One of the greatest joys of growing tomatoes is the moment when the first fruit start turning color and we know that the harvesting time for those plants is beginning! Here at NatureFresh™ Farms, we grow many different varieties of tomatoes, and they come in different colors, shapes, and various sizes. That means that each variety has its own time from when the flower is pollinated (by approximately 270,000 bumble bees per year in 45 acres!) to the final mature stage. Overall, we can say it takes somewhere between 90-115 days from seeding to reach maturity depending on the time of the year and on the size of the tomato (the bigger the tomato, the longer the wait!).
That amazing journey from a beautiful small yellow flower to a delicious and juicy tomato goes through complex transformations and processes within the plant. Let’s dig deeper to understand it better. The tomato plants have many things happening at the same time: development of new flowers, growing fruit, ripening mature fruit, adding new growth, extending the root system and keeping everything in balance. That’s what we call multi-tasking! But the plants, as long as we can provide them with everything they need, seem to have no problems with handling all that activity and can deliver very generous amounts of produce.
How does everything start? It starts with the development of the flowers at the top of the plant. After a few days, the flower is ready and goes into anthesis (opens up). The intensity of the flower color depends on the variety and also the size of the flower can be slightly bigger or smaller on different types of tomatoes, but generally less than one inch in diameter. Once the flower is fully open and mature, it usually stays open for about five days. During that time, the wind or, in our case, the bumble bees are up for a nice job. They pollinate the attractive open flowers. We can check if the pollination by the bees is being successful by looking at the marks in the flower. Because the tomatoes have the female and male parts (pistil and stamen, respectively) in the same flower, the vibration caused by the bees in each flower will move the pollen to the right place and will trigger physiological changes that culminate in the formation of new fruits.
Once we see the fruits are set, we know that everything that happens with the plant will influence the quality, size, and flavor of the tomatoes. During those weeks between setting the fruit and maturity, there are many factors we control and optimize to achieve great results. The plants growing in our greenhouses are always in a nice balance of generative and vegetative. That indicates the plants are growing healthy to support the fruit load, and also there is a lot of energy to go to the fruits to make them grow.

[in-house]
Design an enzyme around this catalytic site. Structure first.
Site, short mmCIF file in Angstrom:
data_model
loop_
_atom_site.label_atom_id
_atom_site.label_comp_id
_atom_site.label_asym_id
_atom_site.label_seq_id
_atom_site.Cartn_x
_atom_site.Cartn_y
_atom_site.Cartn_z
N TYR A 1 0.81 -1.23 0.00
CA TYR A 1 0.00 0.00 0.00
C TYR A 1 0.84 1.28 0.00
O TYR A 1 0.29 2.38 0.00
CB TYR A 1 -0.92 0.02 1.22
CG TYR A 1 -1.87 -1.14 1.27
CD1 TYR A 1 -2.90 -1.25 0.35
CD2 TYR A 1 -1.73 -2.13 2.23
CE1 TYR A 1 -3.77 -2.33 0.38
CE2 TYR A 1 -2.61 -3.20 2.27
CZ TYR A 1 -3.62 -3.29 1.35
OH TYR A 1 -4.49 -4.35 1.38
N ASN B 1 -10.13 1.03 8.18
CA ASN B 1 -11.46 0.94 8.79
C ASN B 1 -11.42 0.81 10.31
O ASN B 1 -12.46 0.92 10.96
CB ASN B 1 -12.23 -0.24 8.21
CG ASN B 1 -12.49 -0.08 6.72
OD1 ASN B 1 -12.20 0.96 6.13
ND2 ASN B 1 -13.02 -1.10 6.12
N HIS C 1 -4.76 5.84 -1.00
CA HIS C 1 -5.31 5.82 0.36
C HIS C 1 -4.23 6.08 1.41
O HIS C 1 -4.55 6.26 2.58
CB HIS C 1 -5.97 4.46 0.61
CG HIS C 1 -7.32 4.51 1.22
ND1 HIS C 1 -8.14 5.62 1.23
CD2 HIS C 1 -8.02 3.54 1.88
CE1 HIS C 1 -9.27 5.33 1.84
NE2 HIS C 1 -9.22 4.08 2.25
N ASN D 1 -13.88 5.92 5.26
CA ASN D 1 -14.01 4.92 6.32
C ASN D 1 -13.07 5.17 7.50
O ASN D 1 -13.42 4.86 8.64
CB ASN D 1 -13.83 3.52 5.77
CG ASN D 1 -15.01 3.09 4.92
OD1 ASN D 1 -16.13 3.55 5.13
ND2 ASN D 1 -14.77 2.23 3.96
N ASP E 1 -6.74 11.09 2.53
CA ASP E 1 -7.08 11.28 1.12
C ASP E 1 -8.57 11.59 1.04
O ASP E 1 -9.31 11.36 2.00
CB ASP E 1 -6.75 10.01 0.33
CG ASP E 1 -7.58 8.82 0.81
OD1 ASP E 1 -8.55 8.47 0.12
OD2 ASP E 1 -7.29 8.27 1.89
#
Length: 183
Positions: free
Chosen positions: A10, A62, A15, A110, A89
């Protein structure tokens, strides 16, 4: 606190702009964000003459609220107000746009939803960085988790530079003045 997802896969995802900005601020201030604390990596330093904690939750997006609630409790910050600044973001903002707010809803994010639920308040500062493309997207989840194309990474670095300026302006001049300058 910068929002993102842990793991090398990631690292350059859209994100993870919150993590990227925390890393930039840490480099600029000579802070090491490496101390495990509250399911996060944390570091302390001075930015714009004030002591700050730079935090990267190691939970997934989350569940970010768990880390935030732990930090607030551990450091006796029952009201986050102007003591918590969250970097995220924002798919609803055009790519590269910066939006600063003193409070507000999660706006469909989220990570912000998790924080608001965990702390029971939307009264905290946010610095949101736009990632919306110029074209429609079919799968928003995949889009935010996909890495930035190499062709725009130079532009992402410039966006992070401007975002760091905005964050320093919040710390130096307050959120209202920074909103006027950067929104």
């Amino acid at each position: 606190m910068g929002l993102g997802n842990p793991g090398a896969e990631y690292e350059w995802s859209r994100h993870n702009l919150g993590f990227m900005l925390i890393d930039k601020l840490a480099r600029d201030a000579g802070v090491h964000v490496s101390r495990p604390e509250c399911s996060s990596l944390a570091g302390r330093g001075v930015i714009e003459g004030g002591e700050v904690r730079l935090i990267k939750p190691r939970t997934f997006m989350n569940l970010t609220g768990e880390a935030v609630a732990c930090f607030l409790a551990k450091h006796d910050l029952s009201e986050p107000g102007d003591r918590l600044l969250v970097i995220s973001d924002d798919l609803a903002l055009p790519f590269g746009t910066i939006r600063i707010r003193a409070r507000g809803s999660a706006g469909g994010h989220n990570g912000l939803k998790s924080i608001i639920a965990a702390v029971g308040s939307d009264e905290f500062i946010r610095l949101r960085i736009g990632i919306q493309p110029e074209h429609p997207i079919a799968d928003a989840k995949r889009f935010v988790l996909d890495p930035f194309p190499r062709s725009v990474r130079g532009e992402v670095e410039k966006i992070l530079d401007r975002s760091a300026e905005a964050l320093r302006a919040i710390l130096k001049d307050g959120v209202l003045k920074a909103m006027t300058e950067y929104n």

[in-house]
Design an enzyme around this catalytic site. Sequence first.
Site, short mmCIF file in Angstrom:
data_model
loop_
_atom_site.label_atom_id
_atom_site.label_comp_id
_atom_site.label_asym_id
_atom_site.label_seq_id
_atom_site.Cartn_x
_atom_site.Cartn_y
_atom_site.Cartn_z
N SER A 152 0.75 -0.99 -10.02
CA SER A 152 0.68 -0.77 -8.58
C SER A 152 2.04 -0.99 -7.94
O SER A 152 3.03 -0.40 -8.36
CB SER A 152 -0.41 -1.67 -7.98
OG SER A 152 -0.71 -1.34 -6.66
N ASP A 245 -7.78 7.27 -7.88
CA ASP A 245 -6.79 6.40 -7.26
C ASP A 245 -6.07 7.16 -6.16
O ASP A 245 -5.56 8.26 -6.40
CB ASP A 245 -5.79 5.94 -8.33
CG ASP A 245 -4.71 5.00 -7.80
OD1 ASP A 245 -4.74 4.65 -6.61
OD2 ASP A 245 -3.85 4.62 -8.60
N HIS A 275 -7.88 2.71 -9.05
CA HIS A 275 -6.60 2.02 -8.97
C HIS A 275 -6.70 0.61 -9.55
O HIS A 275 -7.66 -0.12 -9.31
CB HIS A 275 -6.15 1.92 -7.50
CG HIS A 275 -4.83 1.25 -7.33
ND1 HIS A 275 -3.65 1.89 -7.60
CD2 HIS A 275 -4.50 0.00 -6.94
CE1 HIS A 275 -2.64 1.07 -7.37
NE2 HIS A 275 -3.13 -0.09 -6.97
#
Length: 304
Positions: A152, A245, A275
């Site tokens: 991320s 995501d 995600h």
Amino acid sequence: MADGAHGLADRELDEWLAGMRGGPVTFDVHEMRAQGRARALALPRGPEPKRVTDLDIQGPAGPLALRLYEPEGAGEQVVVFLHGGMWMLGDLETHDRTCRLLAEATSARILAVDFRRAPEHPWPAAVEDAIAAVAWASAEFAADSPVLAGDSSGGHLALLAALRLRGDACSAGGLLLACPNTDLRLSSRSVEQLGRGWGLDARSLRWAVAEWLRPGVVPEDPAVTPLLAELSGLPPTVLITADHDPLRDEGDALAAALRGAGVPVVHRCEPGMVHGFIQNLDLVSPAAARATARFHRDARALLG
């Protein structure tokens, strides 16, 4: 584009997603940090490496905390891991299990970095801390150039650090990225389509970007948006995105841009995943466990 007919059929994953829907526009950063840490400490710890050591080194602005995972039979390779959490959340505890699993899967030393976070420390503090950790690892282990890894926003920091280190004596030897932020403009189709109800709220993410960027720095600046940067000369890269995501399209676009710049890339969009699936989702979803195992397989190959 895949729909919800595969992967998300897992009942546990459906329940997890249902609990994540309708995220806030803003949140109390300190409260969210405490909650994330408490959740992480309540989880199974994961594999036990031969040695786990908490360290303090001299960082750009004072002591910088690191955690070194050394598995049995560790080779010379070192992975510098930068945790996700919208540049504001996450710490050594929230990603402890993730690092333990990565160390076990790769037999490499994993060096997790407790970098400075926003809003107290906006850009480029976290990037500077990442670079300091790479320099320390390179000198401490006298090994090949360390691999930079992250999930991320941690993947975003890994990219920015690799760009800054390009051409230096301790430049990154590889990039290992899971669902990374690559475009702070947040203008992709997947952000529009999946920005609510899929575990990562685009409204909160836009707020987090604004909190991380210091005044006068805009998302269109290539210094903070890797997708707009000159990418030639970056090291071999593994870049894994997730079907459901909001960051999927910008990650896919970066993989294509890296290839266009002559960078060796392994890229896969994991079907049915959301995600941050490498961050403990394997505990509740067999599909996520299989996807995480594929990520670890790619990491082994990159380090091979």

After setting the fruits, the next phase for the plant is dividing the cells and expanding them in the tissues of the tomatoes. For better results, we record every week the growing results and compare to our benchmarks. The climate control keeps the temperatures during the day and during the night ideal for plant growth and fruit development; it’s like a tomato paradise! In addition to the irrigation, fertilization, correct balance of fertilizers and a lot of light for the plants, we also keep an improved ratio of leaves per area per plant, so the plants are able to better utilize all the light and nutrients. With an optimal leaf area and addition of CO2 in the greenhouse, there is a great benefit for the plant that is able to increase photosynthesis and convert more light into sugars and other compounds that enhance flavor. Several studies show that the better the conditions the plants are subject to, the higher the nutritional content of the fruits.
A few weeks later, the tomatoes reach maturity and it’s time to start the ripening process. The tomatoes basically reach their full size before they start turning color, however, they need to accumulate many compounds (nutrients and enzymes) before they start that process. There are more than four hundred different compounds in the tomato fruits that together help create the aroma, color, taste and nutritional value. With a healthy plant, the correct timing and good environmental conditions, the fruit that is mature receives the signal to start degrading the chlorophyll (the green pigment) and starts synthesizing carotenoids and lycopene pigments (to give color). The signal is the production of ethylene by the plant, a natural plant hormone that is invisible to us. The ethylene will activate several enzymes and physiological changes in the fruits, resulting in the change of color, softening and development of the aroma and taste.
To achieve the best-tasting tomatoes is very important for us to have the fruit vine-ripened & on the plant as long as possible, so they can be loaded with more compounds, nutrients, vitamins and have the best color they can have. Tomatoes are very nutritious and rich in several important vitamins for people, such as vitamin C, vitamin K, vitamin E, several vitamins from the B-complex, vitamin A, many nutrients like potassium, phosphorus, and lots of dietary fiber.
We take that part very seriously, and maintain our tomatoes in the best conditions, with the lowest number of miles to reach the consumer and have the highest degree of freshness!